How to Know Exif Data of Your Photos Using Photoscape

Exif (Exchangeable Image File Format) is basically used in photography area which refers to the informations stored in a photo or video that recorded before by digital cameras. When this technology has not been invented yet, photographers should have a special note to write and record the important informations after took photos, such as date, aperture, shutter speed, etc. Then they use this information in their laboratorium or other research to compare one picture to other picture. Such informations would be useful in order to the best photo compositions.

Now, all the informations above have been discovered in every modern digital cameras. With this Exif data, we can also distinguish whether photos still be in original version or have undergone a several modification through post processing softwares such as Photoshop and others. If a picture information which reflected by Exif data is unreadable, it most likely the image is no longer as original version. Further, in many photography competitions, the committee usually requires that Exif data in every photo submitted should remains readable properly.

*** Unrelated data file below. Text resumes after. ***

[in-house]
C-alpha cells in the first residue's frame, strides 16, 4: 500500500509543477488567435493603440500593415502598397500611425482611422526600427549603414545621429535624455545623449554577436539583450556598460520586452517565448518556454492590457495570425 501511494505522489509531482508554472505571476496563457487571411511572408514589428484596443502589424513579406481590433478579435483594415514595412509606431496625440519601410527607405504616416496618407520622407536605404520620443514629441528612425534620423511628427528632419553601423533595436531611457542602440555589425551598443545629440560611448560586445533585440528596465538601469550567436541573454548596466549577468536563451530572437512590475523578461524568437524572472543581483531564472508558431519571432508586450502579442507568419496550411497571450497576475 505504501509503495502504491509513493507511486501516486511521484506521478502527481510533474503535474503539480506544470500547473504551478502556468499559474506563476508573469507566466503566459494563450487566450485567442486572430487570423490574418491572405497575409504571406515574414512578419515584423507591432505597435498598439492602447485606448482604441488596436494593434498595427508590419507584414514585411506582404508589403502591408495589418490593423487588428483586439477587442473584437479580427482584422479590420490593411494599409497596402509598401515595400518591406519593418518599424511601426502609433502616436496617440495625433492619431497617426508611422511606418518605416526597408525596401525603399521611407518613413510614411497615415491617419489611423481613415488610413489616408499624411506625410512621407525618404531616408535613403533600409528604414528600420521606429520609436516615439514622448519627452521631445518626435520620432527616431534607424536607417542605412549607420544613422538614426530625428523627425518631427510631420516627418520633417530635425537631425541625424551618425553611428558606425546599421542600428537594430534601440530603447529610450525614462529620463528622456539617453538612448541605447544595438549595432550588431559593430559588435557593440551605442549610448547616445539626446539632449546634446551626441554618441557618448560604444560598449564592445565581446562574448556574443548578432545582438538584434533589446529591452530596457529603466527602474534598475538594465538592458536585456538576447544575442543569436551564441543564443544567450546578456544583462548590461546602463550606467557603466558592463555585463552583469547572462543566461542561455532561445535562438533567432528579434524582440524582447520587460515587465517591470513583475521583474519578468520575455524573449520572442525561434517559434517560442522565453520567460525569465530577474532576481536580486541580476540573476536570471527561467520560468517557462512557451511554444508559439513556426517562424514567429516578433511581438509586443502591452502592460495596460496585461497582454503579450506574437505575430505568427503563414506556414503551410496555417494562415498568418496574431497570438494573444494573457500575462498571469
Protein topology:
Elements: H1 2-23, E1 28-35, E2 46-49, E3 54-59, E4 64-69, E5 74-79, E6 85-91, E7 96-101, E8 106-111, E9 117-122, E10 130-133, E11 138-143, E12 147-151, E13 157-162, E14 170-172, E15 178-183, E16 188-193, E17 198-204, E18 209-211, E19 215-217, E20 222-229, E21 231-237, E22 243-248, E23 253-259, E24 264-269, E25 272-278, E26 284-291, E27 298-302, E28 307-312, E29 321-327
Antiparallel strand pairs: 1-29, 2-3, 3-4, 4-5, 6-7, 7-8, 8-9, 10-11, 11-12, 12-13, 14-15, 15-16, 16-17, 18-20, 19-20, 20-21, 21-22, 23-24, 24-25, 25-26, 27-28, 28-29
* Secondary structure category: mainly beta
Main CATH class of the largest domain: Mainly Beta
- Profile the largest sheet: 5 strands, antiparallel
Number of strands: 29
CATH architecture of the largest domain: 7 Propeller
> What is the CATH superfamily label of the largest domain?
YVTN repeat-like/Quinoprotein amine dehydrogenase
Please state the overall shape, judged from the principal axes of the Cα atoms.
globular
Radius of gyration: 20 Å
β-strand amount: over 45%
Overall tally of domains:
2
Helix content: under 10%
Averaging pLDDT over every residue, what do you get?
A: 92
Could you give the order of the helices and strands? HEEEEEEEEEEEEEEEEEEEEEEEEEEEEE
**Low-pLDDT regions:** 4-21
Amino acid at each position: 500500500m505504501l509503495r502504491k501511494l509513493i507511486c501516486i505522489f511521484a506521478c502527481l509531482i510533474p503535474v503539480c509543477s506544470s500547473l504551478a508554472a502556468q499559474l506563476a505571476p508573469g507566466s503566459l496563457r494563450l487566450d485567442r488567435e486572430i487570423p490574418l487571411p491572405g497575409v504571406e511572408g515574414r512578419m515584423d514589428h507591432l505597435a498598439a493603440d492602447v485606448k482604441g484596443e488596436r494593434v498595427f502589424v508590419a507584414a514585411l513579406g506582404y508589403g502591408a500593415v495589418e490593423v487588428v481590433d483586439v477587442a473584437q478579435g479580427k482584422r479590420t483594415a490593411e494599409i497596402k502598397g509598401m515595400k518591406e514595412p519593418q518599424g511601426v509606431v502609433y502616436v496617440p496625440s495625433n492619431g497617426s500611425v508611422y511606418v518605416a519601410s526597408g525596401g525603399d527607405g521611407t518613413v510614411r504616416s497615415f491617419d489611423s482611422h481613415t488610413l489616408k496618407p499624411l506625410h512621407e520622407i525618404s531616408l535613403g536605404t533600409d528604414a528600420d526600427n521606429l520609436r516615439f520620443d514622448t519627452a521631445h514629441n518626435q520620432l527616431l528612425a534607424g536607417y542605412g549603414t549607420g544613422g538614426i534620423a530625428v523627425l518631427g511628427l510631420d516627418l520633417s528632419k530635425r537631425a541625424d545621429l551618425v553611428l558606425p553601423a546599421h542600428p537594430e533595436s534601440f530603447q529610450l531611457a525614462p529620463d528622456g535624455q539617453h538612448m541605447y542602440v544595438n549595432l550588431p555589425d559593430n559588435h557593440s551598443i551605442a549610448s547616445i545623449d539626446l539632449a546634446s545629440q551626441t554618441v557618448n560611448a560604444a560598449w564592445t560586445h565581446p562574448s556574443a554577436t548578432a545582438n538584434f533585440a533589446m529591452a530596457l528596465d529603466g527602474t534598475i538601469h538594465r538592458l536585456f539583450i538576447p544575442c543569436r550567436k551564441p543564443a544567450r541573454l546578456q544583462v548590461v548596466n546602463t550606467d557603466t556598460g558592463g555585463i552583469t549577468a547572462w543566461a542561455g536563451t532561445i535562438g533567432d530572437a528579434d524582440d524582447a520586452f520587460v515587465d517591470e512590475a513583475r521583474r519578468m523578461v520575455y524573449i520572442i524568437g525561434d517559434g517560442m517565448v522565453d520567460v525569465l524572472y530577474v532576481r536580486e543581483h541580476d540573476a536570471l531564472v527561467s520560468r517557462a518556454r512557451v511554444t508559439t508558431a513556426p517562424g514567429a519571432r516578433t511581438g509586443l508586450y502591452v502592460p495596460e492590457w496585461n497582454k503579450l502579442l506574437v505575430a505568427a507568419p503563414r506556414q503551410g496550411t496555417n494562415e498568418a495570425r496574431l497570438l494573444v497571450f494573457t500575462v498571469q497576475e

You can explore or see the Exif data of your photos by using various Exif data softwares on your PC. One of them that can be used is Photoscape. Here’s how to use Photoscape to read Exif data   :

  1. Open Photoscape at your desktop (if you do not have, install first on your PC by downloading it from their own website at http://www.photoscape.org or third party page).
  2. Click “Editor” menu.
  3. Find the photo stored at your PC directory which Exif data will be explored.
  4. Click “Menu” button and then choose “Exif Info”.

The example of Exif data collected using Photoscape is as shown in the table below  :

Maker : NIKON CORPORATION
Model : NIKON D5100
Date : 2017:01:08 09:18:08
Resolution : 3696 x 2448
Flash : did not fire
Focal Length : 26.0mm
Exposure Time : 1/640s
Aperture : F6.3
ISO Value : 400
Exposure Bias : 0.00 EV
White Balance : Auto
Metering Mode : matrix
Exposure : shutter priority (semi-auto)
DPI : 300 DPI

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